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Grocery List of Healthy Foods for Toddlers

By Kelly Sundstrom ; Updated June 13, 2017

A toddler's body is growing at a very fast rate, and requires a great deal of nutrition in order to meet her body's increasing demands. Feeding your toddler a healthy, nourishing diet helps ensure that she'll be healthy, strong and that her body will be able to grow properly. When shopping at the grocery store, take along a list of healthy food choices.

Fruits and Vegetables

Fruits and vegetables contain high levels of vitamins and minerals that are vital for a toddler's proper nutrition. These nutrients, such as vitamin C, vitamin A, vitamin E, calcium and the B vitamins ensure that a toddler has enough nourishment to grow and maintain bone and muscle. Because toddlers are still getting used to their teeth and chewing food, fruits and vegetables must be cut into small, bite-sized pieces to avoid the possibility of choking. Choose a variety of colorful fruits and vegetables, such as berries, apples, green beans, carrots and bananas. The more colorful the fruits or vegetables, the higher the concentration of vitamins and minerals.

Whole Grains

Whole grains are minimally processed. They contain minerals, fiber, and proteins necessary for muscle growth, development and maintaining proper digestion. Whole grain foods include whole wheat breads, crackers and baked goods made with whole grain flours. Avoid breads and flours that are refined or overly processed, as they are devoid of nutrients and don't provide any vitamins or minerals to a growing toddler's body.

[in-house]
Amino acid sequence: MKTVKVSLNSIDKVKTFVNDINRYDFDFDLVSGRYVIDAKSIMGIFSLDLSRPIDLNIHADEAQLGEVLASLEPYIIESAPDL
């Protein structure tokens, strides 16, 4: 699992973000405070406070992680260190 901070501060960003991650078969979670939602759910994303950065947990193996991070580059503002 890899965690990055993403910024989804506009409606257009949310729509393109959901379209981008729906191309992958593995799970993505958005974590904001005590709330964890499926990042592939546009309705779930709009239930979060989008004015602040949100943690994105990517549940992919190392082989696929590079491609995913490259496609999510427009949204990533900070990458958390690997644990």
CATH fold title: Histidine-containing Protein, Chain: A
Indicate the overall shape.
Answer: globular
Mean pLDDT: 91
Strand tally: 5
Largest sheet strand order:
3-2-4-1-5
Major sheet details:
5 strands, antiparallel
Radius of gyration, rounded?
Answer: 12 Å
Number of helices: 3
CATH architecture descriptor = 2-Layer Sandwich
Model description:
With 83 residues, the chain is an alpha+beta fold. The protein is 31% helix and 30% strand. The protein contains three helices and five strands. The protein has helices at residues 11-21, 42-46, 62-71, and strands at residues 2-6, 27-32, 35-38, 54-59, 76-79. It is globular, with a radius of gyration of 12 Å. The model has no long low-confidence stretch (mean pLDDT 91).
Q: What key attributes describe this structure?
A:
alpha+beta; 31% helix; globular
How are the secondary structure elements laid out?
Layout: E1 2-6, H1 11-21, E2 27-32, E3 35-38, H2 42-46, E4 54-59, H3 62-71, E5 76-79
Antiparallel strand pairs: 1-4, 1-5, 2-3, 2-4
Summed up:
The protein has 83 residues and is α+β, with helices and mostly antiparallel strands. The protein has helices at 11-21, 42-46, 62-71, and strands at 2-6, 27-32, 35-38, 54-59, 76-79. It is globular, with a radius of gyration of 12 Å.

Proteins help toddlers build muscles, and help them grow strong and healthy hair and nails. Animal proteins should be cut up into small pieces so that toddlers don't accidentally choke on a piece of meat or fish. Non-animal proteins, such as beans or peanut butter, as generally enjoyed by toddlers. These can be used as the base of healthy sandwiches. Some toddlers are allergic to peanut butter, so keeping an eye on your toddler as he tries peanut butter for the first time is a good idea. Avoid proteins that are high in saturated fats or are overly processed, such as hot dogs or sausages. These types of meats can contain nitrate and nitrites that can be harmful for toddlers to ingest in large quantities.

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